Inflammatory bowel disease encompasses two primary conditions: Crohn's disease and ulcerative colitis. These conditions are characterized by chronic inflammation of the gastrointestinal (GI) tract, with the exact cause being unknown. However, contributing factors may include an abnormal immune response, genetics, environment and an imbalance of intestinal bacteria.

Symptoms of IBD vary, but can include the following:

  • Abdominal pain and cramping.
  • Diarrhea, which can be severe and frequent.
  • Bloating and gas.
  • Unexplained weight loss.
  • Blood in the stool, which may not always be visible.
  • Nausea and vomiting.
  • Fatigue, which may result from inflammation or anemia.

Understanding Fibromyalgia

Fibromyalgia is a chronic condition characterized by widespread musculoskeletal pain accompanied by fatigue, sleep, memory and mood issues. Though the exact cause is not known, factors that may contribute to fibromyalgia include infections, genetics and physical or emotional trauma. Fibromyalgia affects the way the brain processes pain signals, leading to amplified painful sensations.

Common signs of fibromyalgia include:

  • Muscle pain and tender points.
  • Persistent fatigue.
  • Face and jaw pain, including disorders like TMJ.
  • Headaches and migraines.
  • Digestive problems resembling IBD.
  • Bladder issues.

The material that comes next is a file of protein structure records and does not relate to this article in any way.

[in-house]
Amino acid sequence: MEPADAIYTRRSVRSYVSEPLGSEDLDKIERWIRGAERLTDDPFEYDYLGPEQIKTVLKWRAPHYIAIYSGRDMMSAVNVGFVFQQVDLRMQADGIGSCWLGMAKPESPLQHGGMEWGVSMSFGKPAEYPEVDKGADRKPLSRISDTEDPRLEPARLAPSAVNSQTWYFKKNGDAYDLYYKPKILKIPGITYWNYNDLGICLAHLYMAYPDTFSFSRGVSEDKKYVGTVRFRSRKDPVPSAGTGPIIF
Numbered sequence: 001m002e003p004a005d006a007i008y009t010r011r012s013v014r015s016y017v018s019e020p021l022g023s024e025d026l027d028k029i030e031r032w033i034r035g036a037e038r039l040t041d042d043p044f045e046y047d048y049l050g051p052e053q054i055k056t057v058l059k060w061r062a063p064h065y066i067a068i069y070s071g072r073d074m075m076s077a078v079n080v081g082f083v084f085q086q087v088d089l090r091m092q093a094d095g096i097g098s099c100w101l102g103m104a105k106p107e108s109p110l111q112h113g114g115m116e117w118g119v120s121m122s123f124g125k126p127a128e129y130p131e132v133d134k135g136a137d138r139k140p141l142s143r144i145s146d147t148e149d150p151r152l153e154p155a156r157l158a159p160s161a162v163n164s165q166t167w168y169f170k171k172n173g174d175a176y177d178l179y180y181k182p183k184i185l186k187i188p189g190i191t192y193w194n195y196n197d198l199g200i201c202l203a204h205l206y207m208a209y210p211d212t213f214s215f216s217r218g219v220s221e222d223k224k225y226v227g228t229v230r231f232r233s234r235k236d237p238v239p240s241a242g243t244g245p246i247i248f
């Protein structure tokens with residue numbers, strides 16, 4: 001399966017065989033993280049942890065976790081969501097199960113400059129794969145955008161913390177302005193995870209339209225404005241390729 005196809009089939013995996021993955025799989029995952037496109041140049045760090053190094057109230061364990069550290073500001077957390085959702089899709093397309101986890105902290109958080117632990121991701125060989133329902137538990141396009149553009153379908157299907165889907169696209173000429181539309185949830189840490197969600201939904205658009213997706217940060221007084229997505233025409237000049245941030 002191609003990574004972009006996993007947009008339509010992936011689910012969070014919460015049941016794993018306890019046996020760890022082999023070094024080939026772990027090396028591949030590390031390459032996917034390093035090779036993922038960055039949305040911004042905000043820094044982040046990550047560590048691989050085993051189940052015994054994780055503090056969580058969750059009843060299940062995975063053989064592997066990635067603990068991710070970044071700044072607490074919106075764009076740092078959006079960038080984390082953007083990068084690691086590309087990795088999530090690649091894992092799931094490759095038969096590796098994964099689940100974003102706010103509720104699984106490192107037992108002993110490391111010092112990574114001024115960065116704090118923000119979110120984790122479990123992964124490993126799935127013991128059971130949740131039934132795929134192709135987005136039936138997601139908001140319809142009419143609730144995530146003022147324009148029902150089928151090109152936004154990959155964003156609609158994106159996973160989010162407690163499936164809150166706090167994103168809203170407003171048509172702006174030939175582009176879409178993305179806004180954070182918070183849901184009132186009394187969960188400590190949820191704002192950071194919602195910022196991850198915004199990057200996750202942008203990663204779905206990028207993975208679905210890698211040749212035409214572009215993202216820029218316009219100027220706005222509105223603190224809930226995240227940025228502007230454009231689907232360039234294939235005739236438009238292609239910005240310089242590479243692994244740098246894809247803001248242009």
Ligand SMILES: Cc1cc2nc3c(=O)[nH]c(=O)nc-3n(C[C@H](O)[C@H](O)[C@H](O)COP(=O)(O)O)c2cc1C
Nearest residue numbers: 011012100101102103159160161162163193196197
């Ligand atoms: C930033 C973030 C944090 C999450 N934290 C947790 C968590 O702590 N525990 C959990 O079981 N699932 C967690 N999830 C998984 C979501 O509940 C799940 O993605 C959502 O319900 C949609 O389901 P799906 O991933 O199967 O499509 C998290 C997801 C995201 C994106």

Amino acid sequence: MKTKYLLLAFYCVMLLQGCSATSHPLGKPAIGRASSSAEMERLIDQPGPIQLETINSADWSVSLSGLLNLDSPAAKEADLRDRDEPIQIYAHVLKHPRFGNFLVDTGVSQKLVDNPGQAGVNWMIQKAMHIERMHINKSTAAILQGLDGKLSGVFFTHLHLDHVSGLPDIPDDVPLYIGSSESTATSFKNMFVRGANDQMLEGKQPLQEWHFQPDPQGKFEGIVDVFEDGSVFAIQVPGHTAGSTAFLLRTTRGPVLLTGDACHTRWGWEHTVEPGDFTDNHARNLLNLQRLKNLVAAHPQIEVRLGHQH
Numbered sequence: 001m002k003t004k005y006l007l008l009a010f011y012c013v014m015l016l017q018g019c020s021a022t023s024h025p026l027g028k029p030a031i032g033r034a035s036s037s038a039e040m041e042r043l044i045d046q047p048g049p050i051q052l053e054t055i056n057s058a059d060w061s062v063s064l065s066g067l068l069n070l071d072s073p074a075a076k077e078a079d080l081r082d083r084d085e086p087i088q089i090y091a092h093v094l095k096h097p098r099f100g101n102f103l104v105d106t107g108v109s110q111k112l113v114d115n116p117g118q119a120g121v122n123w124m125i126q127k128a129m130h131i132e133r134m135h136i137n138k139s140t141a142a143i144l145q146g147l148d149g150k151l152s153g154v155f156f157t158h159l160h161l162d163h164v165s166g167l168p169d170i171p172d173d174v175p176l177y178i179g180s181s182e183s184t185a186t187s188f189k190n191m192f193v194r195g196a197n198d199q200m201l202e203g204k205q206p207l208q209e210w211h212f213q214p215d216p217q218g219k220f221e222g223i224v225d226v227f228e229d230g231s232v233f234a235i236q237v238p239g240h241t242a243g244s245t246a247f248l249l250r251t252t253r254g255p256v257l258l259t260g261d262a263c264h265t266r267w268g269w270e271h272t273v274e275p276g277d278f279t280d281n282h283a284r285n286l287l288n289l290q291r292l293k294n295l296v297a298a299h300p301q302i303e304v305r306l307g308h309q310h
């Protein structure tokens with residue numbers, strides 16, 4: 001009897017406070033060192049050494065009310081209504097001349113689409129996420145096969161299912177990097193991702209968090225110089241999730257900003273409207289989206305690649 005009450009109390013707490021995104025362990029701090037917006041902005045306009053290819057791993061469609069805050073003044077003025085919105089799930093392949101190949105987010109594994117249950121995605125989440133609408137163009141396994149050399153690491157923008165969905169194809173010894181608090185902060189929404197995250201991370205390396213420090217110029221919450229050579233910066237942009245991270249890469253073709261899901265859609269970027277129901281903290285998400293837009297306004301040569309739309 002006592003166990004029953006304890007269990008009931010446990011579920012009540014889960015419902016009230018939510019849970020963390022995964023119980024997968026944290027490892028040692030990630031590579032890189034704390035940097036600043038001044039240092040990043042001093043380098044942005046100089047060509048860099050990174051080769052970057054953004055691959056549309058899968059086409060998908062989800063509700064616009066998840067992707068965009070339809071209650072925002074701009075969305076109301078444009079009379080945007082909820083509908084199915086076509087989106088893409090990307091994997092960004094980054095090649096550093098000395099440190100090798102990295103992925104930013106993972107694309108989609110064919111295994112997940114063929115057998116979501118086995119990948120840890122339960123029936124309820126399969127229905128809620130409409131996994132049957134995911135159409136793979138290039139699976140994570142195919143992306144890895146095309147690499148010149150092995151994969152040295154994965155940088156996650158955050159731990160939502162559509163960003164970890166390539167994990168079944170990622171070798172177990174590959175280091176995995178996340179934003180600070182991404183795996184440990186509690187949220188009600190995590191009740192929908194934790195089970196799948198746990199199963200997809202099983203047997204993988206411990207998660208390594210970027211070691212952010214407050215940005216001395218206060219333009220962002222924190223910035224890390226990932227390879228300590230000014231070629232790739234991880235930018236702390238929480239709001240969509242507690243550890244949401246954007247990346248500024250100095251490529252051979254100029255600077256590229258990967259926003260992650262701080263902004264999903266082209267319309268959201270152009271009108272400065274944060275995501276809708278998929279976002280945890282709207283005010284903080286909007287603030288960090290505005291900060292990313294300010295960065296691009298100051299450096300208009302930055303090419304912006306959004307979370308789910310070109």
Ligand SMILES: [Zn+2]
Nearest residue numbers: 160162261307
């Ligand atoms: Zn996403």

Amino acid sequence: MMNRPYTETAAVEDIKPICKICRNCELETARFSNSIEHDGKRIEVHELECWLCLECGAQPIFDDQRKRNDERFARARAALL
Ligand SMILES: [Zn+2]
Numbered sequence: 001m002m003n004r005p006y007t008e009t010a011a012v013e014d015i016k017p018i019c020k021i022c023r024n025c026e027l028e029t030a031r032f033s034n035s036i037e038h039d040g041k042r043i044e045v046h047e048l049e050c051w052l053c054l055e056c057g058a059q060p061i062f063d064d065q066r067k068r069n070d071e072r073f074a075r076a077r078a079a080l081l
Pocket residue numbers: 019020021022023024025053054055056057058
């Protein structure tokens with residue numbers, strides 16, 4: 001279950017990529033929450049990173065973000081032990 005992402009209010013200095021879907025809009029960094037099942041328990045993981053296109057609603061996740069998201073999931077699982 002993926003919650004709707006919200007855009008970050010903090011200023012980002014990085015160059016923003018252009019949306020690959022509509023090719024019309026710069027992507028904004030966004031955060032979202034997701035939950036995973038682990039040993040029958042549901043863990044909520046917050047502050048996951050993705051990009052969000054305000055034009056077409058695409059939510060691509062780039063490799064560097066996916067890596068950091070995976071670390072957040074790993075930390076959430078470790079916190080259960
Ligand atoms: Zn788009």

• Cognitive difficulties, sometimes called "fibro fog".
  • Anxiety and depression.
  • Insomnia and other sleep disorders.

The Link Between Fibromyalgia and IBD

Emerging research suggests a correlation between fibromyalgia and IBD, possibly due to shared mechanisms of chronic pain and inflammation. Both conditions may result from an overactive immune system and are often managed through similar lifestyle and dietary changes.

Treatment Options for Inflammatory Bowel Disease

Treatment of IBD focuses on managing inflammation and decreasing symptoms. Here are some common therapies used for IBD.

Aminosalicylates (5-ASAs): These anti-inflammatory drugs are typically the first step in treating mild to moderate IBD.
Antibiotics: They can help manage infections and imbalances of bacteria in the intestines, reducing symptoms.
Biologics: Targeting specific pathways in the immune system, biologics can help control inflammation.
Corticosteroids: These are used for more severe flare-ups to quickly reduce inflammation but are not suitable for long-term use.
Immunomodulators: These drugs modulate the immune system over the longer term, reducing its inflammatory response.
Inflectra: Inflectra (Infliximab-dyyb) is a biosimilar to the biologic infliximab. It operates by inhibiting the harm caused by excessive tumor necrosis factor-alpha (TNF-alpha). Inflectra attaches to TNF-alpha, preventing its interaction with receptors and specific activating mechanisms and thereby decreasing inflammation.
Surgery: Sometimes necessary in severe cases, surgery may involve partial or full removal of affected areas of the GI tract.

Chronic Challenges

Those suffering from fibromyalgia and IBD must be vigilant about their diets. Avoiding inflammation-promoting foods and incorporating anti-inflammatory foods can make a significant difference in symptom management. Coupled with appropriate medical treatment, these dietary adjustments can help individuals lead more comfortable lives in the face of these chronic conditions.